Alan Alvarez / Alligator Staff

One of Gainesville’s longest-standing independent restaurants, which has served pizza to UF students since 1973, may close in about a year.

Leonardo’s By the Slice, located at 1245 W. University Ave., was purchased by the UF Foundation, along with the adjacent Bistro 1245, UF spokesman Steve Orlando wrote in an email. The deal, initiated by the restaurant’s owner, Steve Solomon, requires Leonardo’s to stay open until the summer of 2017.

UF hasn’t determined a timeline or purpose for the property, wrote Lee Nelson, UF’s director of real estate, in an email.

Employees like Shannon Nehiley may have to find a new job when the restaurant closes.

The 21-year-old UF sustainability and built environment senior started working at Leonardo’s By the Slice about a year ago.

Nehiley said if she stays in Gainesville after she graduates this year, she may have to find another job. But like her post-graduation plans, the restaurant’s closing date is unclear.

“Even that date a year from now is not set in stone,” she said. “They don’t automatically tear it down. It might be two years, who knows?”

But the property’s sale didn’t come as a surprise, she said.

“There’s just developments popping up everywhere, especially near the campus,” Nehiley said. “It wasn’t that we didn’t make enough money.”

Meanwhile, students like Ethan Cassidy may have to find a new place to buy their favorite slice of pizza next year.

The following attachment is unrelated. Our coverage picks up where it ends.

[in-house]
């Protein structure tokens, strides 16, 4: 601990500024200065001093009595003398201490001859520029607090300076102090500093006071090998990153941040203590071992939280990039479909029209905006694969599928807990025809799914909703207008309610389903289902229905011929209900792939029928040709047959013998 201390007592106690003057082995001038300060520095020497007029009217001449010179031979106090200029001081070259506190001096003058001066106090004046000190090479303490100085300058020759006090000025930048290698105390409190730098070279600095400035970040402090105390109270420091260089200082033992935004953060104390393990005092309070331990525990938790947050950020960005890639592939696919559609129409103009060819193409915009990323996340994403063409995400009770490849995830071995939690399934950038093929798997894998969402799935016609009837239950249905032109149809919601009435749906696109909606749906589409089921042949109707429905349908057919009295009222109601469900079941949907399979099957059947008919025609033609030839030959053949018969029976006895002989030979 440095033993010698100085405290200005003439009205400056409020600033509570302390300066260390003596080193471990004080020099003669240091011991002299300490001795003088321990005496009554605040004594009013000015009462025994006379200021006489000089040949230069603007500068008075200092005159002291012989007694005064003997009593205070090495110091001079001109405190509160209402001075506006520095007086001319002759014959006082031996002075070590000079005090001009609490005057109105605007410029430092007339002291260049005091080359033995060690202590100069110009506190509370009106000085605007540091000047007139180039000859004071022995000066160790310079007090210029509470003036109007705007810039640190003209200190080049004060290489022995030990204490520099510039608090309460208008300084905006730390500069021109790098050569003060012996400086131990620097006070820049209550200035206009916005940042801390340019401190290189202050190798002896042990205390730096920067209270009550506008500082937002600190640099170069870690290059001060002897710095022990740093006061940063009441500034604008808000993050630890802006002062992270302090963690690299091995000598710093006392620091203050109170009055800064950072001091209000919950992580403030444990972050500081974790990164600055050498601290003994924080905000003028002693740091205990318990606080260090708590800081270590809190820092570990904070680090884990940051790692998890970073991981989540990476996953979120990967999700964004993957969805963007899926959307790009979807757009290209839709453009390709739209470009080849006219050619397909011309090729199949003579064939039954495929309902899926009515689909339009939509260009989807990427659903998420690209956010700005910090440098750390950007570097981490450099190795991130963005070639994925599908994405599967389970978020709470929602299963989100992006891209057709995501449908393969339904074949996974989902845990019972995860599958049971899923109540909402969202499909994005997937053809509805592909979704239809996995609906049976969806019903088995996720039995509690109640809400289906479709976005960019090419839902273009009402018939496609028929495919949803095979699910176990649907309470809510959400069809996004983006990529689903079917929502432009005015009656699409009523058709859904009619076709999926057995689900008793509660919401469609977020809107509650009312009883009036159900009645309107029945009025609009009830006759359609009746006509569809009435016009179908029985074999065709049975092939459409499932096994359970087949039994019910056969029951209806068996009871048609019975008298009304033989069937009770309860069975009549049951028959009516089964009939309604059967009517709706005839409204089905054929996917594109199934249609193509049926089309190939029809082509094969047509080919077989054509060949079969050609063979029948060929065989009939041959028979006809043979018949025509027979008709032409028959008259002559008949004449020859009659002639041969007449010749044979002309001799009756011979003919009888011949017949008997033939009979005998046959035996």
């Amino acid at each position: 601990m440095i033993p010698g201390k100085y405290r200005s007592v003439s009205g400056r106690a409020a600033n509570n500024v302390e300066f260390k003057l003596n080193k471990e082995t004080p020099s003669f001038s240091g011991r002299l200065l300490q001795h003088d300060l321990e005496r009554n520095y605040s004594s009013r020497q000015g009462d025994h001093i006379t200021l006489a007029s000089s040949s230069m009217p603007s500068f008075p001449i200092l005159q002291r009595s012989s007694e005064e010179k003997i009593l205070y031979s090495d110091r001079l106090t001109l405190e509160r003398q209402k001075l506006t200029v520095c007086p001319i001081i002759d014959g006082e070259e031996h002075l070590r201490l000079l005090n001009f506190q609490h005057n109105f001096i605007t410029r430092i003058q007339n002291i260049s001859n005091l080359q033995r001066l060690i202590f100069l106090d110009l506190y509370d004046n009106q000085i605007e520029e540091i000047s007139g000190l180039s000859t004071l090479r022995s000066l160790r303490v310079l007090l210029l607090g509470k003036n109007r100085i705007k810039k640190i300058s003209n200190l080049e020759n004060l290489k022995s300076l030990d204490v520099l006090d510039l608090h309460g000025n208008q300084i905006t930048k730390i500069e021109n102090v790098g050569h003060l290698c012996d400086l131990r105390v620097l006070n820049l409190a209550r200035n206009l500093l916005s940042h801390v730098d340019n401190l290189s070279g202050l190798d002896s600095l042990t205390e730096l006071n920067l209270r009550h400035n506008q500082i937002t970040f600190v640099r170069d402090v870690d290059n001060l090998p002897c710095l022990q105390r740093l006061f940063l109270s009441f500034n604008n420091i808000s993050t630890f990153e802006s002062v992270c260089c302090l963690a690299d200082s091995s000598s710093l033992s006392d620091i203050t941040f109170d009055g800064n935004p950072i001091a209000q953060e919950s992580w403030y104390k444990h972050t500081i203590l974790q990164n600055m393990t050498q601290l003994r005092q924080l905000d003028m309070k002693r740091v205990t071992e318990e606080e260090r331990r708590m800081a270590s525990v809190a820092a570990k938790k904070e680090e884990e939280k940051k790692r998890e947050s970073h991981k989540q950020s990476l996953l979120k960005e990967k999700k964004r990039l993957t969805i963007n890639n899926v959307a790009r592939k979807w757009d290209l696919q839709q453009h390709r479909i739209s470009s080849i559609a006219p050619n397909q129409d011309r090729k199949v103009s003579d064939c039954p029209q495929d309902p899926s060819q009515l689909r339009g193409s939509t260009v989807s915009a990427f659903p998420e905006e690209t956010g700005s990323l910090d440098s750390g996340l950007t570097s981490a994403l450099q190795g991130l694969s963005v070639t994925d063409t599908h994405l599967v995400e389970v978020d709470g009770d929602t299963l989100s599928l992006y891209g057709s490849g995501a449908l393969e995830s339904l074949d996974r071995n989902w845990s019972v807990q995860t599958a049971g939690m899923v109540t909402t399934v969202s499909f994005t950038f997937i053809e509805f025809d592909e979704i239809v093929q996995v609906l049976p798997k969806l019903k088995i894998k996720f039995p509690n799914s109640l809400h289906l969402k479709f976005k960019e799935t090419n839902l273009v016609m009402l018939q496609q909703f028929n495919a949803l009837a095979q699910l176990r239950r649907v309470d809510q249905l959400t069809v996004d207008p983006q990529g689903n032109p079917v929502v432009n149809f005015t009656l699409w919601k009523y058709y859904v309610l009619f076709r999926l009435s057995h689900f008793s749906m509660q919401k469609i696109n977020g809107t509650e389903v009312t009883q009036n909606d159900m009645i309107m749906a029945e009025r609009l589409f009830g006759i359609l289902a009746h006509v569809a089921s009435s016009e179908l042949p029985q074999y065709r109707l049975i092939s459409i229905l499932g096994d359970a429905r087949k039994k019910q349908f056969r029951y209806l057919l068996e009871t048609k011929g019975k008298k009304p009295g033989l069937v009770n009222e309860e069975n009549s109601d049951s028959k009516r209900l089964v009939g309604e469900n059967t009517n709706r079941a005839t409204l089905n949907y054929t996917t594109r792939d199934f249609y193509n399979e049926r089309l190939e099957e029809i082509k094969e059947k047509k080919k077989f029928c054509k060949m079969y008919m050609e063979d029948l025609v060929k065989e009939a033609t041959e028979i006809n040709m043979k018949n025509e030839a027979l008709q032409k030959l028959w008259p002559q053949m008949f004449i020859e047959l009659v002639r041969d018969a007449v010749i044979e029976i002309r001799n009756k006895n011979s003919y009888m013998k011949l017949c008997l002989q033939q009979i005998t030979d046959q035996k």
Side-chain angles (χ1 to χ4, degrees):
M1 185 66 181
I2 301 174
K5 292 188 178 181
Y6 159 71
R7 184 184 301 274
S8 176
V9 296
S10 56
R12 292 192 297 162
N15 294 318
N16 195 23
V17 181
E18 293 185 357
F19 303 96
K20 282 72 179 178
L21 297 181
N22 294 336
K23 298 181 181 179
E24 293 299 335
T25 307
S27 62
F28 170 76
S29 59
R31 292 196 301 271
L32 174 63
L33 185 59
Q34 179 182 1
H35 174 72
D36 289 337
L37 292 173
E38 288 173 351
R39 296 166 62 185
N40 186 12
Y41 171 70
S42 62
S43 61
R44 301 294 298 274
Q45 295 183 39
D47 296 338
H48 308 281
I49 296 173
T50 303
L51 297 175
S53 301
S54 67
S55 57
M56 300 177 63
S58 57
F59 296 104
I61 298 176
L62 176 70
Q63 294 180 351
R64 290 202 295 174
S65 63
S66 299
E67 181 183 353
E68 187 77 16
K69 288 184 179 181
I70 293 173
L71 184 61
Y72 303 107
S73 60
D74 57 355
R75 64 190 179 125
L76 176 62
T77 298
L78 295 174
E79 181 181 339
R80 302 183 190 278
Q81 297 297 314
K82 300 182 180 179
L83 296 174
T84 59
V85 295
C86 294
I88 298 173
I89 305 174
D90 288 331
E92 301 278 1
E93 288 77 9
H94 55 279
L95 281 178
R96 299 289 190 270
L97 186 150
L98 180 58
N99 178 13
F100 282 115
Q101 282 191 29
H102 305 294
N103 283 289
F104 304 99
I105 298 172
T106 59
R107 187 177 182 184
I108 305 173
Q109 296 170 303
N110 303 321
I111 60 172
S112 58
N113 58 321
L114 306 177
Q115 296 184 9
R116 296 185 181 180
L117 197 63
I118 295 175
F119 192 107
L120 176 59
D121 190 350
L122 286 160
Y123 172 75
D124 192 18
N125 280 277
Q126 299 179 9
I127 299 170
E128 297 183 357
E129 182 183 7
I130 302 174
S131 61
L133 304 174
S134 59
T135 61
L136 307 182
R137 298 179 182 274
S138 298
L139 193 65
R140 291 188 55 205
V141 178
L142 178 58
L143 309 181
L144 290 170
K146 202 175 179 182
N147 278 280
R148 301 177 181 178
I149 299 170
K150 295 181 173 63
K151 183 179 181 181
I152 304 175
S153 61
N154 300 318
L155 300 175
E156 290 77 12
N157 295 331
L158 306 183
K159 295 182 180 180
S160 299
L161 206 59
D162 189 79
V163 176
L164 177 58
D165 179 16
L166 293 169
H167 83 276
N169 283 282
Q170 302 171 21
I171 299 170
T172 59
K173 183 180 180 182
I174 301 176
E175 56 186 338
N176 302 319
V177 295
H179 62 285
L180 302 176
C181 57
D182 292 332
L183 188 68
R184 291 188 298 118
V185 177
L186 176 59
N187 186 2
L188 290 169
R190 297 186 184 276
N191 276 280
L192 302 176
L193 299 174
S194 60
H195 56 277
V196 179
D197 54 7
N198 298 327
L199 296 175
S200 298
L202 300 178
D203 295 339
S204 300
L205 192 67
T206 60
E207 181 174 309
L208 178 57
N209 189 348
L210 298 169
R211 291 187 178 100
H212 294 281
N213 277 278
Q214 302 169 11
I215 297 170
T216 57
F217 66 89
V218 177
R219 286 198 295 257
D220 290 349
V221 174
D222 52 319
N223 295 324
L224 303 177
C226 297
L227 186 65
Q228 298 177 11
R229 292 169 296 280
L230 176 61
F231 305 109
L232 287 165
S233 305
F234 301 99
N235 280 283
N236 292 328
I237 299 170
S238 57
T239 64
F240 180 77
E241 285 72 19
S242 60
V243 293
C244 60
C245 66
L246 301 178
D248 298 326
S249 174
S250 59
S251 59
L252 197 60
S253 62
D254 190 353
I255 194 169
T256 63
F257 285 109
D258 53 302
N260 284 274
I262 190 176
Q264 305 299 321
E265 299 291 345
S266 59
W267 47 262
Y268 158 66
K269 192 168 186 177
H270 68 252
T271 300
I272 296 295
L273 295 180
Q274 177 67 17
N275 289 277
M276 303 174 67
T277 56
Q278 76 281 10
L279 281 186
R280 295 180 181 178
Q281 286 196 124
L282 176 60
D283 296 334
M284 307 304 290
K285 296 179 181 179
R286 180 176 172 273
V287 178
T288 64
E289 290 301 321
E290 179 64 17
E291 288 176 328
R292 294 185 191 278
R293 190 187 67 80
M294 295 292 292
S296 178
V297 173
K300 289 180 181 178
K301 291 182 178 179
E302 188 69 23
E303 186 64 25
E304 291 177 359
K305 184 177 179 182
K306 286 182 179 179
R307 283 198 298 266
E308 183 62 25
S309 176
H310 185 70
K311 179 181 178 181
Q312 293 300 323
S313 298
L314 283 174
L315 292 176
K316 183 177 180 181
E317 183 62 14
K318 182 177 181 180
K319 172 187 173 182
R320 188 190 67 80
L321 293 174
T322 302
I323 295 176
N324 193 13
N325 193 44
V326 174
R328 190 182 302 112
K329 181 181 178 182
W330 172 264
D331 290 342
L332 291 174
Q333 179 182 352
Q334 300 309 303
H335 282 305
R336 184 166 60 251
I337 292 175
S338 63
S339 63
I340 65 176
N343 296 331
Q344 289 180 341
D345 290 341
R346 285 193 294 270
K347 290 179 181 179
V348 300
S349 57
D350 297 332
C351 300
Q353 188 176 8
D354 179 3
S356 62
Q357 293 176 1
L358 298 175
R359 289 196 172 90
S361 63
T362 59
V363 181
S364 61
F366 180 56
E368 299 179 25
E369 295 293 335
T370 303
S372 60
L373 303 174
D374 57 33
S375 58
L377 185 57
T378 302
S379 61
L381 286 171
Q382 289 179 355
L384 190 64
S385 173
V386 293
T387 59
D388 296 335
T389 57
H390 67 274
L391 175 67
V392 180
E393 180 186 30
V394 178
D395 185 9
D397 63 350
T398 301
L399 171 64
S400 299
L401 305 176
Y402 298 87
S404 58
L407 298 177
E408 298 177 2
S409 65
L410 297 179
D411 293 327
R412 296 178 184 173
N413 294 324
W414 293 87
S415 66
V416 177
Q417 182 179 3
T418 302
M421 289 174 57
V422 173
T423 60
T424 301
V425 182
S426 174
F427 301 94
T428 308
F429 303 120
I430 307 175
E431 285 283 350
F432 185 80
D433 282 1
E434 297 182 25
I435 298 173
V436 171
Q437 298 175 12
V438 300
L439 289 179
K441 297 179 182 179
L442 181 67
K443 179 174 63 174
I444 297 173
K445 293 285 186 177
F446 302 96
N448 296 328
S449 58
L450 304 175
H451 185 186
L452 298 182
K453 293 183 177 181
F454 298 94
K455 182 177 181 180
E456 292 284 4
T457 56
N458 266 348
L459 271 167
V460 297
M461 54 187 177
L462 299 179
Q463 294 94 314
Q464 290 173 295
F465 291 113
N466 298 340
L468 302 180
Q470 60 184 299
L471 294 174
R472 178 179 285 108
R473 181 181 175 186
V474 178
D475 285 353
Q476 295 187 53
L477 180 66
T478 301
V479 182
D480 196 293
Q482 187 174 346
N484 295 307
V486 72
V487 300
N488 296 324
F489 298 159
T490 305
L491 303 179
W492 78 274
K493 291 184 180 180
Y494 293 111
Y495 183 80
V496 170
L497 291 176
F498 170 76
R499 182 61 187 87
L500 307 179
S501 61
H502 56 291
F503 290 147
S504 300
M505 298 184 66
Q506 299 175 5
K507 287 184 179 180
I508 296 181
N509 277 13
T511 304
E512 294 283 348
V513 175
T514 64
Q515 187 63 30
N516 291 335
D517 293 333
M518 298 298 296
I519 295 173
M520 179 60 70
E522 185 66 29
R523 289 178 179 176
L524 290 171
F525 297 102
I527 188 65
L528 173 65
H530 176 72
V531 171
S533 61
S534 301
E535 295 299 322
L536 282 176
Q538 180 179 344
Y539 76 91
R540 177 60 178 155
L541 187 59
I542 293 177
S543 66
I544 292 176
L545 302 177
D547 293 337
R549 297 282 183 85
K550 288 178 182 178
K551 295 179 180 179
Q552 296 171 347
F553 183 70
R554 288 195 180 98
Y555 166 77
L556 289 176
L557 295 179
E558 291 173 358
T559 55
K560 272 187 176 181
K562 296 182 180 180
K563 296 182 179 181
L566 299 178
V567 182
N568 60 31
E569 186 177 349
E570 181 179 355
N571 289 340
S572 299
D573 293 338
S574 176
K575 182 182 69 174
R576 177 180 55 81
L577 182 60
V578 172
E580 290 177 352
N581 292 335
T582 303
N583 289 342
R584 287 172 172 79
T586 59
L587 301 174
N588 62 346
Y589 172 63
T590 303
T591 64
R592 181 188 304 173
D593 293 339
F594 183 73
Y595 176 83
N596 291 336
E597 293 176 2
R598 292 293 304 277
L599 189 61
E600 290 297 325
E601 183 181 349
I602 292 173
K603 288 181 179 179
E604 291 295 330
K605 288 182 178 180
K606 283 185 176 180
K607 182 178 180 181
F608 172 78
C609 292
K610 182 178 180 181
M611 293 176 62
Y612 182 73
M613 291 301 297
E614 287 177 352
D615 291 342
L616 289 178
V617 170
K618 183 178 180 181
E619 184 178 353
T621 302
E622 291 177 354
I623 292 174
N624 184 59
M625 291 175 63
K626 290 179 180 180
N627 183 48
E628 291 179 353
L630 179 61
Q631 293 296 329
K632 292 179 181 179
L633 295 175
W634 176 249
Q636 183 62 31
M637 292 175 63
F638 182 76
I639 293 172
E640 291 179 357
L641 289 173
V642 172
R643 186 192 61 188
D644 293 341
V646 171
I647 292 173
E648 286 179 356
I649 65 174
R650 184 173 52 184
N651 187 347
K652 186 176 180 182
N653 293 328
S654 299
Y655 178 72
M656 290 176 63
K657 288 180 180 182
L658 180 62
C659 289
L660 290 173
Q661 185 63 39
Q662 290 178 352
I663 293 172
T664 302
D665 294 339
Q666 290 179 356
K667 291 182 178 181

The 19-year-old UF history sophomore used to walk from his freshman year apartment for a slice of greek pizza. He said he was upset when he heard about the purchase.

“I’m sad about it, mainly,” he said. “It’s my go-to place.”

For other residents, Leonardo’s is another business to go in a line of recent closings on University Avenue.

Gainesville resident Ryan Spivak started eating at Leonardo’s about 20 years ago as a student at Santa Fe College. He remembers when a slice of cheese pizza cost $1.50.

Now, he’s sad to see another business on University Avenue closing.

“It sucks that they’re building these big-ass buildings everywhere,” the 40-year-old said. “It’s kind of annoying that they’re tearing old Gainesville down.”

But he said he hopes Leonardo’s owner will eventually make the pizza available at Leonardo’s 706.

“He’s just going to move into his other restaurant anyway,” he said. “Leo’s is not going away; he’s just moving.”